A February 2023 article from MedScape reports that the combination of ketamine and psychotherapy or “talk therapy” appears to be promising in treating PTSD. The article reports on new research published in the Journal of Clinical Psychology.
The research consisted of a review and meta-analysis of four independent studies conducted to investigate the combined results of psychotherapy and ketamine in treating post traumatic stress disorder (PTSD). Results from every study showed a significant reduction in PTSD symptom scores.
These symptom scores usually include diversified classifications for civilians and veteran, and are self-reported based on a 20-item questionnaire, corresponding to the DSM-5 definition of PTSD. For more information on diagnosis criteria, visit the National Center for PTSD from the Department of Veterans Affairs.
Overall, the combination of ketamine therapy and talk therapy showed improvements over multiple symptom areas, and aligns with various international studies demonstrating the efficacy of the treatment option.
When speaking with MedScape for the article, lead author of the meta analysis Aaron E. Philipp-Muller, MSc, of, Ontario, Canada, said:
"Ketamine, when combined with psychotherapy, may present a new path forward for clients struggling with PTSD…this study suggests that these two treatment modalities can be effectively administered alongside one another."
It’s important to note that this analysis and sample size was small, and the study isn’t entirely groundbreaking - only 34 participants were included. However, after growing bodies of research continue to report on the fast-acting, long-lasting efficacy of ketamine infusion therapy, many clinics are opening around the United States to address growing mental health concerns nationwide.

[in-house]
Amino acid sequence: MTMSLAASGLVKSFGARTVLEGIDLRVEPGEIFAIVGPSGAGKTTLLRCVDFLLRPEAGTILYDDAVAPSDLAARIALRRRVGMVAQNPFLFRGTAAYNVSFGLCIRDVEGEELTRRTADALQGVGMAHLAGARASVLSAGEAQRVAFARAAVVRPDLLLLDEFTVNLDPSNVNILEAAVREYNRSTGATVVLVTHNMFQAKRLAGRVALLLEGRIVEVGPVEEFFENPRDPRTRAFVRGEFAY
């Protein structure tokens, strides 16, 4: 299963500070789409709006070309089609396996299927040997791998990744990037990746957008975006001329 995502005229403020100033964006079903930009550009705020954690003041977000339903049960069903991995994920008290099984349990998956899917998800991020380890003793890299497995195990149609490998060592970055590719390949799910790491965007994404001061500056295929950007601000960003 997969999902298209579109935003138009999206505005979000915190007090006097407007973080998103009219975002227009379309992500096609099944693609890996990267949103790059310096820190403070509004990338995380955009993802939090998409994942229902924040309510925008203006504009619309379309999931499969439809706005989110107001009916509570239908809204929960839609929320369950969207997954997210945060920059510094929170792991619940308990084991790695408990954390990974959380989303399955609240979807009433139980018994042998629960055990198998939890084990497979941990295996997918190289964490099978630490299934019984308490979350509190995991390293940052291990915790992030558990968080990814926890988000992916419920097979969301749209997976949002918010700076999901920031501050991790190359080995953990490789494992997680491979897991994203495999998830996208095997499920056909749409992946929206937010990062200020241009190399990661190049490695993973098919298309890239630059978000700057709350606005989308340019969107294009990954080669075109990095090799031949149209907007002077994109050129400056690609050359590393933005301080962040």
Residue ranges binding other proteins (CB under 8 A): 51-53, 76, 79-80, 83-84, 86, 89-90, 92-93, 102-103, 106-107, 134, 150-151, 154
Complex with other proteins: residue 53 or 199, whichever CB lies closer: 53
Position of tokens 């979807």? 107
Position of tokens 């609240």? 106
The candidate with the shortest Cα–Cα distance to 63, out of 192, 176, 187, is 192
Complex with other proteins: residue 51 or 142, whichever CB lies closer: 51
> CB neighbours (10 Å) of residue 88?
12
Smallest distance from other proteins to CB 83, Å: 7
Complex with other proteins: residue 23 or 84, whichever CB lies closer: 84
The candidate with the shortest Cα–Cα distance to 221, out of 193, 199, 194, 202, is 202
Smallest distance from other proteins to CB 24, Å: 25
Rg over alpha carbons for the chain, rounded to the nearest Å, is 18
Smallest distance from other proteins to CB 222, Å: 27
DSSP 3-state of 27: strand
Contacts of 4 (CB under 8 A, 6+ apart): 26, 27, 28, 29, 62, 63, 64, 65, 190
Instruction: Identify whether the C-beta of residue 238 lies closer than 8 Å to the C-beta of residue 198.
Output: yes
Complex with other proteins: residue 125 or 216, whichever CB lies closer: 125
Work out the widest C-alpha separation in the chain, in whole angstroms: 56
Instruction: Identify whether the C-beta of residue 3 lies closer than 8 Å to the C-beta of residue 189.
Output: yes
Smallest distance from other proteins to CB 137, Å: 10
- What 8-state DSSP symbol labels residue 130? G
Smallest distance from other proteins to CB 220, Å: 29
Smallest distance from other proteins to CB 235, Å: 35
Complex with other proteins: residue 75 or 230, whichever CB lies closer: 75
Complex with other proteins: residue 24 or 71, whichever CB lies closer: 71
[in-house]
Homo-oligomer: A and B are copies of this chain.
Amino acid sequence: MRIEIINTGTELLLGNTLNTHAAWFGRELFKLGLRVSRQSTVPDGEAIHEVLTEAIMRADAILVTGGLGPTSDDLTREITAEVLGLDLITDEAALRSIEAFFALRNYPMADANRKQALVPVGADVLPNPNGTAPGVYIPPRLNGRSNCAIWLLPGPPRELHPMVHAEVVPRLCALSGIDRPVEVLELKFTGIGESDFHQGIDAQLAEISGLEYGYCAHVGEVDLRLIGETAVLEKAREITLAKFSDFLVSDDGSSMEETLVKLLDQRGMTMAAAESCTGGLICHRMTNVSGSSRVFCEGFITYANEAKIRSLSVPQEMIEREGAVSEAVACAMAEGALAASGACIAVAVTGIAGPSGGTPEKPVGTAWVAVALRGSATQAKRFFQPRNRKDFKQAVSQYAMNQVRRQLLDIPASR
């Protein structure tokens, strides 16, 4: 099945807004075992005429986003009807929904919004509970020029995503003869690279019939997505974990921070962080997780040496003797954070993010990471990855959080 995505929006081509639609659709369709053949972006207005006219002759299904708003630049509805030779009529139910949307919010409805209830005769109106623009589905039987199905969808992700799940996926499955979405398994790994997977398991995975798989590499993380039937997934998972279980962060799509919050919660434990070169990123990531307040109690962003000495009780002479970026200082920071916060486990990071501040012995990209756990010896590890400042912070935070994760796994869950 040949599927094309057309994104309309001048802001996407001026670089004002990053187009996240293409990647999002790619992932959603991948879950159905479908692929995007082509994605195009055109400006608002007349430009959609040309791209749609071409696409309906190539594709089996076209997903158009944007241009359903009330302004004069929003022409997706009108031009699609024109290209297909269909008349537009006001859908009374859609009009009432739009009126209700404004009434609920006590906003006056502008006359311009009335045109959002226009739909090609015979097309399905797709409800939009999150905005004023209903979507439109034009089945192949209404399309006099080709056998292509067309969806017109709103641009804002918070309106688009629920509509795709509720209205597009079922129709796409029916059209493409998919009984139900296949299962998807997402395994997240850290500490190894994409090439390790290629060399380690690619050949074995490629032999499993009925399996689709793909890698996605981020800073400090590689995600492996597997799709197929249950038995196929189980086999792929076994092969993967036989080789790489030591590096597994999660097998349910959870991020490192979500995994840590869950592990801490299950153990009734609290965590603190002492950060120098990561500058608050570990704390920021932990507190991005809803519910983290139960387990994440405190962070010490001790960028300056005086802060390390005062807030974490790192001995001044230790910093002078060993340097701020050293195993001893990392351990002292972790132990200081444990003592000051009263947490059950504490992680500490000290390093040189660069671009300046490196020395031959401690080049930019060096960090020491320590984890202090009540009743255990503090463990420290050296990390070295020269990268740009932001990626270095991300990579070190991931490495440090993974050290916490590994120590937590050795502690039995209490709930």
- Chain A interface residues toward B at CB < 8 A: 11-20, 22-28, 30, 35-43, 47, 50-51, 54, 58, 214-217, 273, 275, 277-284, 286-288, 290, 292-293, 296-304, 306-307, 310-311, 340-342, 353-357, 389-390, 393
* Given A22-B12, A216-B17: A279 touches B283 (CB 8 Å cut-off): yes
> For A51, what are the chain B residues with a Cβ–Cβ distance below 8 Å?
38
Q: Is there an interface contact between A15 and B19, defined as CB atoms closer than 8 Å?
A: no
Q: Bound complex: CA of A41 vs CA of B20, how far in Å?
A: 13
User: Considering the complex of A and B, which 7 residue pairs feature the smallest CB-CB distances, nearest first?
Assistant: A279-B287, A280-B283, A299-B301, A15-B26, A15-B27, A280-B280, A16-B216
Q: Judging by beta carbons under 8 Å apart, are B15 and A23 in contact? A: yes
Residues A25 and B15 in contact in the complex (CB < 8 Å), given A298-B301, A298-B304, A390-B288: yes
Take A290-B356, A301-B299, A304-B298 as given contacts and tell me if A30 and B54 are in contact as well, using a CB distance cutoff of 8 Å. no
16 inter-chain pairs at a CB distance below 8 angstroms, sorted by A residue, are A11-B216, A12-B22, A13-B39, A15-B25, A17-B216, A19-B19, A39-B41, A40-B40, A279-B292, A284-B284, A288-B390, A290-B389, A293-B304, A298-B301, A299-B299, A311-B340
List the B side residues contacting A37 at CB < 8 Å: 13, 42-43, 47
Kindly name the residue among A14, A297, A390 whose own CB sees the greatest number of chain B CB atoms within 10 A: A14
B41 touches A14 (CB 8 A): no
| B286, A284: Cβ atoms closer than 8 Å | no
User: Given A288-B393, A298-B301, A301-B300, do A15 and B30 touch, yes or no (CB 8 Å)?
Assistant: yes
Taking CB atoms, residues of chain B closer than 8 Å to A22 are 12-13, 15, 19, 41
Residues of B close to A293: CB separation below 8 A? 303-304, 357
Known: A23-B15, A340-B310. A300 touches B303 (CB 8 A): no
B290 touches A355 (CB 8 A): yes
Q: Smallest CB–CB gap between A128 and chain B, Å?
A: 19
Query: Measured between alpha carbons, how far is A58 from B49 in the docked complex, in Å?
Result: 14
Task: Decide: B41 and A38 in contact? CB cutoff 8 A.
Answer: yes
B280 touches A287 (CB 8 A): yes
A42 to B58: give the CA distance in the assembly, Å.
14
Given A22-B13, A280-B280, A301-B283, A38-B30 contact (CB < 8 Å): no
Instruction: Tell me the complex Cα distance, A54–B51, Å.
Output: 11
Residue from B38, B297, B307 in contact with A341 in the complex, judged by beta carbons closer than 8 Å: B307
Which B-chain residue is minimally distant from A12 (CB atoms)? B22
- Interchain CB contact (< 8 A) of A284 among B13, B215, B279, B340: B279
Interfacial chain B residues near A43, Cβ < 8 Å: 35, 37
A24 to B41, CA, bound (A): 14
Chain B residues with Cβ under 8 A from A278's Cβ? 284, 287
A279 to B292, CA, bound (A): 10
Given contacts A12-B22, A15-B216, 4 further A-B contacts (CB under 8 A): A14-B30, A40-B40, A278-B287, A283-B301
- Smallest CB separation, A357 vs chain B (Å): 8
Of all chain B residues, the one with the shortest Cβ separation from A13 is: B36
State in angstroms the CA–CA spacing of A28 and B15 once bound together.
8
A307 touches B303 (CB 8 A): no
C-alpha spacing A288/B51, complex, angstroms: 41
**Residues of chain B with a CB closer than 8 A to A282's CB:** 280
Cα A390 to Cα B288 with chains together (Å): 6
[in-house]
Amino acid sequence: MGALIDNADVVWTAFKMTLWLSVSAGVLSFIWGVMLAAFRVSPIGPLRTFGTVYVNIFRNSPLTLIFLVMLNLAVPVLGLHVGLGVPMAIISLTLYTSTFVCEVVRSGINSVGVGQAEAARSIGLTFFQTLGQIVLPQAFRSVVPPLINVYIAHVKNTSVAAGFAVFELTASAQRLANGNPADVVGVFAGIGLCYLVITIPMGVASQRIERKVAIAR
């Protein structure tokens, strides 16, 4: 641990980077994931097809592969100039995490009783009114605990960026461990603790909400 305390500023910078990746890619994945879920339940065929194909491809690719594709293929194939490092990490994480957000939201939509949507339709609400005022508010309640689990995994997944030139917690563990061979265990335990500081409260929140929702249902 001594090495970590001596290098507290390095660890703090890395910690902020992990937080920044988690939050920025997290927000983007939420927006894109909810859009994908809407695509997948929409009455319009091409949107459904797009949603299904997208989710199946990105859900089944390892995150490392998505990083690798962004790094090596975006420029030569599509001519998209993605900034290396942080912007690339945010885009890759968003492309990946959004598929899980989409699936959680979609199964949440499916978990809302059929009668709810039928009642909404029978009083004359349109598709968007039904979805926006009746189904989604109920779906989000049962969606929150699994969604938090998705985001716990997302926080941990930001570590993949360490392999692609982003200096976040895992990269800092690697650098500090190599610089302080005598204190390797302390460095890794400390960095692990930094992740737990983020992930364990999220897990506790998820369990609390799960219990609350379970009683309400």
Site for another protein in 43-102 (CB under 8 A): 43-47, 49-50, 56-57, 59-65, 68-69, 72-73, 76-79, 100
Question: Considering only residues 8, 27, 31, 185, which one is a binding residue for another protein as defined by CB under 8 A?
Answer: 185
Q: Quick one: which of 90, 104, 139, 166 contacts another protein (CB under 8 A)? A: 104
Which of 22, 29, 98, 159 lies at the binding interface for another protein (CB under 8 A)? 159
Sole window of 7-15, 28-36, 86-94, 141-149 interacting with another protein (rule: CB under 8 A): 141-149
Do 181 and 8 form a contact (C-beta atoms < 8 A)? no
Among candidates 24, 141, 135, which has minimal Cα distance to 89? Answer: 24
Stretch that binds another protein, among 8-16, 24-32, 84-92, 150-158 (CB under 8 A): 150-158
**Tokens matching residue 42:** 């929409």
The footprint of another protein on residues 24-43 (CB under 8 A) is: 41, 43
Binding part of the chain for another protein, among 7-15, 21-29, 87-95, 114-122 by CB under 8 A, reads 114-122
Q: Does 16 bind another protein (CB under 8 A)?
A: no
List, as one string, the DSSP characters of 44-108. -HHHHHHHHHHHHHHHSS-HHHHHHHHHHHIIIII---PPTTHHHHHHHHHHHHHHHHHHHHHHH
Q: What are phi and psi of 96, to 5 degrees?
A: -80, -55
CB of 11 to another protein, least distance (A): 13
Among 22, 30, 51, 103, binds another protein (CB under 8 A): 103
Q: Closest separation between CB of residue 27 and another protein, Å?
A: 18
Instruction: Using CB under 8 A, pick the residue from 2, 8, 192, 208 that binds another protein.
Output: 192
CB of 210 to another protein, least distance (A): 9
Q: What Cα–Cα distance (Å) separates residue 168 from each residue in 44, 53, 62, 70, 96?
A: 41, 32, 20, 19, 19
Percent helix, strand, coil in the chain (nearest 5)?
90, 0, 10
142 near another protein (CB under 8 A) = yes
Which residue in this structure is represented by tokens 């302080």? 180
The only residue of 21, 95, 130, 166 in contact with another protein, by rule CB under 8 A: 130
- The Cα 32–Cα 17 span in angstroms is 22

Why does ketamine work?
In addition to helping treat PTSD, ketamine infusion therapy is also frequently prescribed for treatment-resistant depression, anxiety, and more. Ketamine works by focusing on a different neurotransmitter than traditional antidepressants, called glutamate. The drug blocks the receptors critical for receiving glutamate’s signals, which improves the brain’s electrical flow, resulting in reduced depression.
What you need to know
As research continues to come out about the life-changing properties of this treatment option, insurance coverage continues to lag behind the essential care patients seek. Unfortunately, insurance currently does not cover ketamine infusion sessions.
During infusions, the medicine is administered slowly through an intravenous (IV) drip, over the course of about 40-minutes. Most patients at Freedom Ketamine Treatment Centers leave their appointments without side effects, and do not experience side effects between treatments.
If you’re interested in learning more about ketamine infusion therapy, and combining it with your existing talk therapy to help treat PTSD, depression, anxiety, and other mental health issues, contact our offices today. With six locations in the DC, Maryland, and Virginia area, our compassionate care team is ready to support the next step of your mental health journey.
The image used in this article is by Leilani Angel.